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It's likely you've heard the term "wealth tax" on the news over the past few years. In the discussions leading up to recent federal elections, some candidates often explained the pros and cons of this tax, in which they proposed collecting from the wealthiest Americans. Let's take a closer look at what a tax on the wealthy would mean for U.S. taxpayers.

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What is a tax on the wealthy?

A wealth tax — also commonly referred to as capital tax, equity tax, or net wealth tax — is a government tax on a taxpayer's net wealth. You can calculate your net wealth by subtracting your debts from your assets. Some assets in this tax calculation may include:

  • Cash
  • Property
  • Real estate
  • Vehicles
  • Pension plans
  • Trust assets
  • Stocks
  • Jewelry
  • Paintings
  • Shares of stock and other investments

Many of these assets are typically held by taxpayers with a higher net wealth or higher income, giving the wealth tax its name.

Which countries have a wealth tax?

Currently, these European countries have enforced a tax on the wealthy:

  • France
  • Norway
  • Spain

On the other hand, these countries have recently abolished their wealth tax:

  • Austria
  • Denmark
  • Finland
  • Germany
  • Iceland
  • Luxembourg
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These countries have recently abandoned this tax mainly due to problems enforcing the tax.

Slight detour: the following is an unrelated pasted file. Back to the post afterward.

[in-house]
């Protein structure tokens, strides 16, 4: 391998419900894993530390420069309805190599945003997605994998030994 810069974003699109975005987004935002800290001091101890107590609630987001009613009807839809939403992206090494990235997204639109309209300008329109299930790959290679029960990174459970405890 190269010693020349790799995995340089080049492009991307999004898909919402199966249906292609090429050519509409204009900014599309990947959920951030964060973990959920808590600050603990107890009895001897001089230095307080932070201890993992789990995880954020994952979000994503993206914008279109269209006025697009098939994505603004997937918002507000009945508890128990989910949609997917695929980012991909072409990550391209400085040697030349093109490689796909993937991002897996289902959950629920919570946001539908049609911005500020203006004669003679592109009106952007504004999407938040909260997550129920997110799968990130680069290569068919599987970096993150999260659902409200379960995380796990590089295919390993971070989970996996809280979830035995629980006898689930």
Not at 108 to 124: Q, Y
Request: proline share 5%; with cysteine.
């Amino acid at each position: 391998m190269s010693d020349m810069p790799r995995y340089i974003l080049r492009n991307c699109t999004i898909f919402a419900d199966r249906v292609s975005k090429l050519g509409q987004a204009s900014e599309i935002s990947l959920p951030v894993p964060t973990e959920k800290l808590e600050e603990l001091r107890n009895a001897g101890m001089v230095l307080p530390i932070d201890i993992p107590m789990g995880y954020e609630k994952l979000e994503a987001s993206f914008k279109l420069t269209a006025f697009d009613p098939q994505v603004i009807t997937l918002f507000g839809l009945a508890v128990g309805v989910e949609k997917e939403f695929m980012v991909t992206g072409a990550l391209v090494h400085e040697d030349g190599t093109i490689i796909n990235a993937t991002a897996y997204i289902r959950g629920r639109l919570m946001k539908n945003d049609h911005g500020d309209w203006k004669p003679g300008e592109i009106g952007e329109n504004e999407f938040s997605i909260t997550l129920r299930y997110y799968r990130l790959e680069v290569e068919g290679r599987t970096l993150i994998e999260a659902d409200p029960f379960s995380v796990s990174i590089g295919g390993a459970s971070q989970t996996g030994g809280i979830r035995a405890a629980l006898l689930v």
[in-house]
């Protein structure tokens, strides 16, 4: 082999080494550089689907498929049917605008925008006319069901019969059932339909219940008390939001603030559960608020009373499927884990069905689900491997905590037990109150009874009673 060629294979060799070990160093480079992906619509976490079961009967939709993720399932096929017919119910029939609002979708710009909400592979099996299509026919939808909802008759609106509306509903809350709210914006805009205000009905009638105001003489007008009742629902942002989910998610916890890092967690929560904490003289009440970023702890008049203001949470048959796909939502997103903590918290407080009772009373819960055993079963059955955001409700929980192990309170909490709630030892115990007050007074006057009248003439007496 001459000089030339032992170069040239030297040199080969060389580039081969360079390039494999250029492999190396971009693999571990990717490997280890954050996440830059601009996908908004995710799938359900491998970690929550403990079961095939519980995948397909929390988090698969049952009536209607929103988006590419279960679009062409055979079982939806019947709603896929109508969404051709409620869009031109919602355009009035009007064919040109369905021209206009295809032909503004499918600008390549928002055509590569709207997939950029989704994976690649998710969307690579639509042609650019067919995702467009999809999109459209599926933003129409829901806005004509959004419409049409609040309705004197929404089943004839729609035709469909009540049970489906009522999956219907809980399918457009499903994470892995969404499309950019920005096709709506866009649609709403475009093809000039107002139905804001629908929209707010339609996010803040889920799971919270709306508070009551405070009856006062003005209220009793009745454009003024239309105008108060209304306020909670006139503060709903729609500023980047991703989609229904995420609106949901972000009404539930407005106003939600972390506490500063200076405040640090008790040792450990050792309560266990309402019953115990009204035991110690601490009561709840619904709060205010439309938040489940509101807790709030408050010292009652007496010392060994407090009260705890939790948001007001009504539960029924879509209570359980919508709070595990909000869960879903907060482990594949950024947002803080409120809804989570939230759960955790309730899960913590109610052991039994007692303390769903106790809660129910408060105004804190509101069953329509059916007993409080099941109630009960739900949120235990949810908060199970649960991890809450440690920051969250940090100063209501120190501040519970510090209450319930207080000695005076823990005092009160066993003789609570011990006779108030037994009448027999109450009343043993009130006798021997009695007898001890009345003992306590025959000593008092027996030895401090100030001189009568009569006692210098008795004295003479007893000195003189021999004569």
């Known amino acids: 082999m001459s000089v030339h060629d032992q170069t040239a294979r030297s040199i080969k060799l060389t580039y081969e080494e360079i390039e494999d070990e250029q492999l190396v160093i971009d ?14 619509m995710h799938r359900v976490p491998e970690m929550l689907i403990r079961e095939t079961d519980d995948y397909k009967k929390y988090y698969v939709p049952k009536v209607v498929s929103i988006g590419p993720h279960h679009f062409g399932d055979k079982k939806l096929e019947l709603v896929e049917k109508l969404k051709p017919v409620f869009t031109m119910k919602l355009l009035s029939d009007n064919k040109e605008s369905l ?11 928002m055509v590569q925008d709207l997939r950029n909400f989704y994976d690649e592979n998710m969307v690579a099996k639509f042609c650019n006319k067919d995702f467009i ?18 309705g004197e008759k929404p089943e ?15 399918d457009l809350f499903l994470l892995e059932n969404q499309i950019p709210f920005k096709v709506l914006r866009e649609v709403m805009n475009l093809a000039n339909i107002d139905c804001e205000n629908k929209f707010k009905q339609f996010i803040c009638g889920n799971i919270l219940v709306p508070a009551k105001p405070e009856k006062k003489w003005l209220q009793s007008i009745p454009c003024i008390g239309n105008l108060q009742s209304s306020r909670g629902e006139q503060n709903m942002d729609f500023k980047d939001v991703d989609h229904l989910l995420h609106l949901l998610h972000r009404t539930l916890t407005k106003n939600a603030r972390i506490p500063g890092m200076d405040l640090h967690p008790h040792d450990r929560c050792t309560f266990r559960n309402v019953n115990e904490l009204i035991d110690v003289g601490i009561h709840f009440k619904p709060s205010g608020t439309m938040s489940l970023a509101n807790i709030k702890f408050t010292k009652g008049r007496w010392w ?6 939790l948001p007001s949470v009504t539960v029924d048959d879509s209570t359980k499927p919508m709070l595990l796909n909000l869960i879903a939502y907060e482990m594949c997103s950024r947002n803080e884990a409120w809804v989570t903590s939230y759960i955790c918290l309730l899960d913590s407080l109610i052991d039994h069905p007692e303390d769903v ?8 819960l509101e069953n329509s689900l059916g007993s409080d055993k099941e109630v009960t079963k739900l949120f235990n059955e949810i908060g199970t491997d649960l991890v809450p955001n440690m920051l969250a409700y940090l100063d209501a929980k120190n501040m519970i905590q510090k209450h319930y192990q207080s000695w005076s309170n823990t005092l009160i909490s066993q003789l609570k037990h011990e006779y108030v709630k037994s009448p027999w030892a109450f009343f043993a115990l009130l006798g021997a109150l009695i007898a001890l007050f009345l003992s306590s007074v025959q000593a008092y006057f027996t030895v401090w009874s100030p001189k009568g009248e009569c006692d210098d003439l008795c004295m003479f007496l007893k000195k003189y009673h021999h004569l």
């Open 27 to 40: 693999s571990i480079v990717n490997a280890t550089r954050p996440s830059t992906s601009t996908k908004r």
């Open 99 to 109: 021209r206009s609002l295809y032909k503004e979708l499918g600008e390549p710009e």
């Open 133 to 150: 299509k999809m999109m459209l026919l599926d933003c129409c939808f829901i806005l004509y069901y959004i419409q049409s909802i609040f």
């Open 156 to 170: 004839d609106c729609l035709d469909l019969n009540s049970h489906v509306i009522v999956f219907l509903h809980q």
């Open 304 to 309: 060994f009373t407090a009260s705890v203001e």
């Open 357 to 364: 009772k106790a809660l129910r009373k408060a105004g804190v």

Wealth taxes vary depending on the legislation set forth by each country. For instance, in France, the wealth tax only applies to real estate over U.S. $1.5 million net value, with a tax rate of 0.5% to 1.5% and a limit on the total amount collected. In Norway, the wealth tax applies to the total value of a person's worldwide net wealth over about U.S. $172,000, with a tax rate of 0.85%. In contrast, in Spain, the wealth tax applies to those with assets above roughly U.S. $775,000, with a starting rate of 0.2%.

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How would I calculate my wealth tax?

If the United States were to enact a federal wealth tax, proposals from supporters have suggested that this tax only apply to wealthy Americans in the top 0.1% of the population with a wealth that surpasses an established threshold amount. For instance, some have proposed that the wealth tax should only apply to taxpayers with a net worth of over $32 million.

Here's an example of the government's revenue difference between income tax and a hypothetical wealth tax: A single taxpayer with $1 million in taxable income, subject to current tax rates for individuals, would pay approximately $334,427 in taxes. That same taxpayer with a net worth of $50 million would pay approximately $1 million (or 2% of 50 million) plus $334,000 between income and wealth tax if a wealth tax is imposed.

Does the United States have a wealth tax?

While the United States currently uses a federal income tax system rather than a wealth tax, most places around the country do have property taxes — which is a form of a wealth tax — but those are collected by state and local governments.

The federal estate tax is also used to tax assets and property that are part of a deceased person’s estate, which makes it a wealth tax. Meanwhile, the estate tax is only paid by the estates that exceed a certain level (in the millions of dollars), so most estates do not pay this tax.

It is likely that the debate over the efficacy of a wealth tax in the United States may continue across the country.

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